$2M research boost for sustainable housing in regional Australia

A collaborative project between Deakin, Colac Otway Shire, Formflow and Urbis that addresses the need for housing in regional Australia will receive more than $2 million in Federal funding as part of the regional Precincts and Partnerships Program (rPPP). 

The Colac Otway Adaptable Precincts project, a collaboration between the Colac Otway Shire, FormFlow, Urbis, and Deakin’s Institute for Frontier Materials and the School of Engineering and Built Environment (SEBE), will take a share of the $207 million in Australian Government funding that aims to support the delivery of capital works projects in regional and rural Australia that support community socio-economic outcomes and regional priorities. 

According to the Regional Australia Institute, there is dire need to increase availability and affordability for regional housing stock, with Australia’s regional population growing at an average of about 89,000 people each year over the period of 2012 to 2022, while the number of homes approved for construction declined in four out of these 10 years.  

IFM’s project lead Associate Professor Matthias Weiss said their project aimed to develop a living community laboratory that will test new building and manufacturing technologies for housing that is sustainable, adaptable and resilient to the future challenges of climate change. 

“FormFlow has been developing prefabricated and modular building solutions to address Australia’s need for low-cost housing and rapid disaster relief,” he said. “For the living community laboratory, FormFlow will further optimise the housing solution.”  

Assoc. Prof. Weiss, who is also a co-founder of FormFlow, said the major focus will be reducing the use of new materials, instead looking to increase sustainable and recycled materials to optimise building design, manufacturability, transport and maintenance.   

“The aim is to develop a building solution that can be used forever,” he said. “Instead of pulling a structure down, we’d construct modules that can be sent back to FormFlow for upgrades and then reused or resold for a new purpose.”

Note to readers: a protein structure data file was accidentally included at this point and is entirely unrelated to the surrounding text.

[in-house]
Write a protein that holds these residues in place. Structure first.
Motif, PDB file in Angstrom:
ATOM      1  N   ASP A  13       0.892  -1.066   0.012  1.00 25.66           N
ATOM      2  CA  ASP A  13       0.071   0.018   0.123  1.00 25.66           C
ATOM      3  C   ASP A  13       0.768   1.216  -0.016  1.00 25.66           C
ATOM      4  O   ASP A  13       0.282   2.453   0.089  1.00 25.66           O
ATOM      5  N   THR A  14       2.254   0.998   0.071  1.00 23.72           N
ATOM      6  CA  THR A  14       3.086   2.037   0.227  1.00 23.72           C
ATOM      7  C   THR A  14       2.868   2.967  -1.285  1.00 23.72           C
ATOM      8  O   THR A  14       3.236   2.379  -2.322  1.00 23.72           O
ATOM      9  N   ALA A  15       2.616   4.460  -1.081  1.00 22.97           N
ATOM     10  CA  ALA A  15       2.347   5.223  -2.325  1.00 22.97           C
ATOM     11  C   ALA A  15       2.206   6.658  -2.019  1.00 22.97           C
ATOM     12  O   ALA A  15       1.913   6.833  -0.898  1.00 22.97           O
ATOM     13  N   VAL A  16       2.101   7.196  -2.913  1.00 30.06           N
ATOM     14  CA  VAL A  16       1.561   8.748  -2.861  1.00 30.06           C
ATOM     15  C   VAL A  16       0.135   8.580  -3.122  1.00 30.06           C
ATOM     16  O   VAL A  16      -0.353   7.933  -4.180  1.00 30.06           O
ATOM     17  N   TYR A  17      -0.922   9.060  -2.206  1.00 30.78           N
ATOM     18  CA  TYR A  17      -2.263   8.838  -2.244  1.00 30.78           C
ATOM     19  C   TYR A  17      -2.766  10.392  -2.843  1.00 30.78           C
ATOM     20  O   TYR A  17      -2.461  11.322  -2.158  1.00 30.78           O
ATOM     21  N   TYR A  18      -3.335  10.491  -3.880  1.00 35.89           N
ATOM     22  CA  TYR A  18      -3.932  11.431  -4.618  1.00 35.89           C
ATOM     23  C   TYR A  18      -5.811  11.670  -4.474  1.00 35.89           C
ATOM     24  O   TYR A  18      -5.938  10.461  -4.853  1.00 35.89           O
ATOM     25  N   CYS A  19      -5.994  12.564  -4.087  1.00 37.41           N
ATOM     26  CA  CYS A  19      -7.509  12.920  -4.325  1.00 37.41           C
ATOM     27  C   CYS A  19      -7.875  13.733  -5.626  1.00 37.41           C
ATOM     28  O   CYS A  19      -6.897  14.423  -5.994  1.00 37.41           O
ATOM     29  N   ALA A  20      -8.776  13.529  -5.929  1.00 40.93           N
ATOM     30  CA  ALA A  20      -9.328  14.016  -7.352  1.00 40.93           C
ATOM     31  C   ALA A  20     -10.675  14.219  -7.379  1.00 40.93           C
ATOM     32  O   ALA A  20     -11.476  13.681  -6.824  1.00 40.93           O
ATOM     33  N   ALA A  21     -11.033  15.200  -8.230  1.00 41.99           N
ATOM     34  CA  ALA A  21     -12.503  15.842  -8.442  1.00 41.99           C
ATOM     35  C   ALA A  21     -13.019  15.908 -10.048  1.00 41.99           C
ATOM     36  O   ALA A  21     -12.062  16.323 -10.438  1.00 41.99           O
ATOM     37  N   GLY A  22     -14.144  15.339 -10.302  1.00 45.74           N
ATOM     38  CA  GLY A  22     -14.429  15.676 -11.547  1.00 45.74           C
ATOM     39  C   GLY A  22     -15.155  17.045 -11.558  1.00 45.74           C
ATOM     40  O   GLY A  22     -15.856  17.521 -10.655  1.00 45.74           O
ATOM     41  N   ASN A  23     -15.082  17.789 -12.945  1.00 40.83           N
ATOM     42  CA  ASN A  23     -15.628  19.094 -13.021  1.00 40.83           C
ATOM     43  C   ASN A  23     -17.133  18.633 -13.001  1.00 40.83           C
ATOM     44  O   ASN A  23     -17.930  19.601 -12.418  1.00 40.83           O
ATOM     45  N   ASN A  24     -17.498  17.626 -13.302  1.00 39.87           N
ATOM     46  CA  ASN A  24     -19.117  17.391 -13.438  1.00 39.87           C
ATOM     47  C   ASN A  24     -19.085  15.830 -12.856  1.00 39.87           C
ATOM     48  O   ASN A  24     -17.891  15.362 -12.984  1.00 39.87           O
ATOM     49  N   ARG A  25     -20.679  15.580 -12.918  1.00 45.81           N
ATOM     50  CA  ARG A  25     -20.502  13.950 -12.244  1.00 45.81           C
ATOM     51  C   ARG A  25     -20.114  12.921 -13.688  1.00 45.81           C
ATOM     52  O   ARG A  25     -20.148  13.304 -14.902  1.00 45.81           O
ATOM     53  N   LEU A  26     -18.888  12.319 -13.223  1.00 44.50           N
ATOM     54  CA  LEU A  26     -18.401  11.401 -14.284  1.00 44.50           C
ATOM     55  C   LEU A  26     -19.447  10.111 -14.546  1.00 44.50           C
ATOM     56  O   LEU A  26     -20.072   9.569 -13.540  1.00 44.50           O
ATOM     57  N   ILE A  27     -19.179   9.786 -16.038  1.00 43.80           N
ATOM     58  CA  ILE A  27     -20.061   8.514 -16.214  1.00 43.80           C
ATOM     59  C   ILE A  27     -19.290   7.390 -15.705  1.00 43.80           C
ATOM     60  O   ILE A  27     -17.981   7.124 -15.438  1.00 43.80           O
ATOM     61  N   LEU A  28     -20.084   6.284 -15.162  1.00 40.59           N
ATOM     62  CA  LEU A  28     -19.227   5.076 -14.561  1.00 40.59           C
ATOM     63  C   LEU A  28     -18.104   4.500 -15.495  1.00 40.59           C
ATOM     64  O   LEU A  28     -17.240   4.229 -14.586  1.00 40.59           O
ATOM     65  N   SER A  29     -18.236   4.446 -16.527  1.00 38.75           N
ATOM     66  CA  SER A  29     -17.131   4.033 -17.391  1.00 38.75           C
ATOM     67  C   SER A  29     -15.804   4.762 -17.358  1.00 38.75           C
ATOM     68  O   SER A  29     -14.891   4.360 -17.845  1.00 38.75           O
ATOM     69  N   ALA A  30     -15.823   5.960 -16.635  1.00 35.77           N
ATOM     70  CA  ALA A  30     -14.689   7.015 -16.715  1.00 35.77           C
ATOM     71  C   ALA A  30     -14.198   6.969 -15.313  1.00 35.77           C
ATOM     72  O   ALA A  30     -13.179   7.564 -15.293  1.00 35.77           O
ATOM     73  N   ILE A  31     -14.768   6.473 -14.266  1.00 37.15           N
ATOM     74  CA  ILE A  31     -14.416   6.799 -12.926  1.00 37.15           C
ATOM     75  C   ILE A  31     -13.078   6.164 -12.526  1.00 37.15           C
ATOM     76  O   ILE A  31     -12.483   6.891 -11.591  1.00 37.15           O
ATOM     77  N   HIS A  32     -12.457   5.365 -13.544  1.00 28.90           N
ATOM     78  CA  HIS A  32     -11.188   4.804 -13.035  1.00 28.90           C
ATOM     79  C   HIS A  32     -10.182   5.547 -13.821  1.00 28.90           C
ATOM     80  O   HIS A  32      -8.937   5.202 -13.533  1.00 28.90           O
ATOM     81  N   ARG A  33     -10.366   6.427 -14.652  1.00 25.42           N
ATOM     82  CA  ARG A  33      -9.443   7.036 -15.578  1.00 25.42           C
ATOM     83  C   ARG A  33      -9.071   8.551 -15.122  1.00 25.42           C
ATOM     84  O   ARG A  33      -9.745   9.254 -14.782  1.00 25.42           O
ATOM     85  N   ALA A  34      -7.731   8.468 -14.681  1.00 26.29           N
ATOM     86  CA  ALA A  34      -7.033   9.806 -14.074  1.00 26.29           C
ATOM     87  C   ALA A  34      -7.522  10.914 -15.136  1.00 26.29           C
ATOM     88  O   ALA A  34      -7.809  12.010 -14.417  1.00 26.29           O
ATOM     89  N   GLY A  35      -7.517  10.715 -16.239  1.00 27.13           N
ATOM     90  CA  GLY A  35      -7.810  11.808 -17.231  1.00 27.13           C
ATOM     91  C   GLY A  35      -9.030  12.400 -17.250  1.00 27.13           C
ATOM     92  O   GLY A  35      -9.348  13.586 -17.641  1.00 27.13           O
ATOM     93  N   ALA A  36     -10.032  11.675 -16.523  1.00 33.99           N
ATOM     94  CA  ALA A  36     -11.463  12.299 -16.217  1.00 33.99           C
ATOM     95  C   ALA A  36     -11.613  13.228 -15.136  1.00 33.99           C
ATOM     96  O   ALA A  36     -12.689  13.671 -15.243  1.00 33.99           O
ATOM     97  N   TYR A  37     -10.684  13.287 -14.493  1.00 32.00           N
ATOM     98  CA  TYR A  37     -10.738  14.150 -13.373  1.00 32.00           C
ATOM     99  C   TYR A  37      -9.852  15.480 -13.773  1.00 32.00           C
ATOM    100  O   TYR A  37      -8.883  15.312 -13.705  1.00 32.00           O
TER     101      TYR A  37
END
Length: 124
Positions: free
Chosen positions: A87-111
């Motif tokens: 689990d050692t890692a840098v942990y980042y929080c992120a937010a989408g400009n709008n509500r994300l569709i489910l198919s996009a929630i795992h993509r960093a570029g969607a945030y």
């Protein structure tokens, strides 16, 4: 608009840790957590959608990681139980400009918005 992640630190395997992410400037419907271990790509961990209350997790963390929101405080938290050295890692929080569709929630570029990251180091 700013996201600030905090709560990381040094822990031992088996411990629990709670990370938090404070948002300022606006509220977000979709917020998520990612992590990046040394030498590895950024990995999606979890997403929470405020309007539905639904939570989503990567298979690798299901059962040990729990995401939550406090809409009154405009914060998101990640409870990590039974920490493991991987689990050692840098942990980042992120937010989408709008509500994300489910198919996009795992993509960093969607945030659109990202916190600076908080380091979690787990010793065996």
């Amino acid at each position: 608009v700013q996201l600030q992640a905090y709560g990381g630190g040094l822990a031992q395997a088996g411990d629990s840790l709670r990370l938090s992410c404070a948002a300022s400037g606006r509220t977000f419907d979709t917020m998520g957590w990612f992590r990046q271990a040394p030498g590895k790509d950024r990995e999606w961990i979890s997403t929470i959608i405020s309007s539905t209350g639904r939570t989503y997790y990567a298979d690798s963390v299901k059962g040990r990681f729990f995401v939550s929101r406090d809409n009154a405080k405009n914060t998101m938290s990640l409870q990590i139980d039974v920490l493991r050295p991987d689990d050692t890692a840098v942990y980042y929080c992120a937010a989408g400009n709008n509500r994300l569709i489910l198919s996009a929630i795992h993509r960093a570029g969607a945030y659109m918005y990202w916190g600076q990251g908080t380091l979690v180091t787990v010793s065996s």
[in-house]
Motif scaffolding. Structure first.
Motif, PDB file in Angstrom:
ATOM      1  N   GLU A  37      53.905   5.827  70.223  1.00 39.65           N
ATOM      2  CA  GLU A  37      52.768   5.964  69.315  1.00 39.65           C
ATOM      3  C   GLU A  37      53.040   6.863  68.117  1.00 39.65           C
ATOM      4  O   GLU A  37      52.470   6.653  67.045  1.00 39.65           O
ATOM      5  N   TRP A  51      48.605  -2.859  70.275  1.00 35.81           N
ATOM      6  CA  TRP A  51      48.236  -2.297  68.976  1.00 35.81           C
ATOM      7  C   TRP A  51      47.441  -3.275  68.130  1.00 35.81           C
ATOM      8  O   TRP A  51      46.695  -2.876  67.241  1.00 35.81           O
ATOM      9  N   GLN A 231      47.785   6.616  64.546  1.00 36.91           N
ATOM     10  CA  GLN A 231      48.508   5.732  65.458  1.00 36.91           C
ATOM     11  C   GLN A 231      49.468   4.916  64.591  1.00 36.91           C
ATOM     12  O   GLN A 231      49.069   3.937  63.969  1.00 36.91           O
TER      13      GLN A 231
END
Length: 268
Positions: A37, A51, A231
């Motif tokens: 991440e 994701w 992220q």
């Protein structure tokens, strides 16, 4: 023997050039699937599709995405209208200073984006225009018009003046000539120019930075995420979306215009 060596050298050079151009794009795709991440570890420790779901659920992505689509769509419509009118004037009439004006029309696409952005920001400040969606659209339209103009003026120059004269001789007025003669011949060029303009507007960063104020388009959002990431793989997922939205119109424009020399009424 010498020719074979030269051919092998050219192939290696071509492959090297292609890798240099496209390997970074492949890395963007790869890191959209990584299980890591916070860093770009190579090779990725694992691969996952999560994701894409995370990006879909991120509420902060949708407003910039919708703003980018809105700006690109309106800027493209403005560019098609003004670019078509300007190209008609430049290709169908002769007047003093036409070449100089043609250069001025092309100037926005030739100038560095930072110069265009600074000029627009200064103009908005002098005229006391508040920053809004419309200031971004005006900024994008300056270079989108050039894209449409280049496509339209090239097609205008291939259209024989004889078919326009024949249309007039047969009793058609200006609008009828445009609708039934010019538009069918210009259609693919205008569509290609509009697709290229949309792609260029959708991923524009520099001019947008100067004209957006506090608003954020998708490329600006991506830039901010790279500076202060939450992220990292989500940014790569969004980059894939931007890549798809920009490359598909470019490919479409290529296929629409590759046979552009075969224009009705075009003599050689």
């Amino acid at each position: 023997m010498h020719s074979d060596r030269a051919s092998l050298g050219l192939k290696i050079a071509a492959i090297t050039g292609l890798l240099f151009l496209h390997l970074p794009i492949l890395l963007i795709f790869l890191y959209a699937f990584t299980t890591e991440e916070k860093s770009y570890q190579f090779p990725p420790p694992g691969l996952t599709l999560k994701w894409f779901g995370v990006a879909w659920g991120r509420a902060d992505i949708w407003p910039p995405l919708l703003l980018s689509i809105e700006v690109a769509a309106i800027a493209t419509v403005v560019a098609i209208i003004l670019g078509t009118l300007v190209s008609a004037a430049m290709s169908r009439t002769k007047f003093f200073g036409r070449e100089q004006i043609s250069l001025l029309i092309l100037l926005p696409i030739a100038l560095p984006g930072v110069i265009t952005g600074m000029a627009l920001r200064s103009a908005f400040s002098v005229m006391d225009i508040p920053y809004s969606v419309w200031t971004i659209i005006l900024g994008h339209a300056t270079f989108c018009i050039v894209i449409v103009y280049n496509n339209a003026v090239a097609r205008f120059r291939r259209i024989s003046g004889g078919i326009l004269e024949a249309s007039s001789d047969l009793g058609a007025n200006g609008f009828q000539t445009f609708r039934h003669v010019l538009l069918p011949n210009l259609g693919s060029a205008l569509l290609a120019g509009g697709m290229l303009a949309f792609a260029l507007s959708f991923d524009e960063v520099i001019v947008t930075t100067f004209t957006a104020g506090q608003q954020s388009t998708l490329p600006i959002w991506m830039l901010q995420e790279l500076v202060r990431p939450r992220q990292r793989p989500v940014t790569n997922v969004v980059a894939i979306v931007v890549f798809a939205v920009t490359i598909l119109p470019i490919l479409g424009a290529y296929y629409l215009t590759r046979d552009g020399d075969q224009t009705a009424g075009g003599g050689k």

SEBE architecture team will help FormFlow perform a live cycle analysis to determine the environmental impact of the building solution. IFM will investigate manufacturability – aiming to have a holistic approach towards design, materials and manufacturability. 

“My group will ensure that the building design and components can be produced with Australian, low-cost manufacturing technologies,” Assoc. Prof. Weiss said. 

“The major view will be on roll forming, which is one of my group’s major research areas and one of the major processes used in Australia to produce steel purlins, corrugated sheets, and other components heavily used in building production.”  

FormFlow Founder and Managing Director Matthew Dingle said the project was a wonderful example of successful industry and research collaboration in action.   

“The project brief was developed by FormFlow to address a real and urgent need for housing in regional Australia,” he said. “We approached urban design experts Urbis and chose partners based on their experience and capacity to complete important work and deliver real outcomes. We presented our proposal to the Colac Otway Shire who jumped at the opportunity to lead the project and carry out the work in their Shire. 

“This is yet another great example of the work that Matthias and his team are doing to deliver real outcomes for Australia and inform the development of sustainable communities around the world.” 

To see the full list of successful rPPP projects, visit www.infrastructure.gov.au/territories-regions-cities/regional-australia/regional-and-community-programs.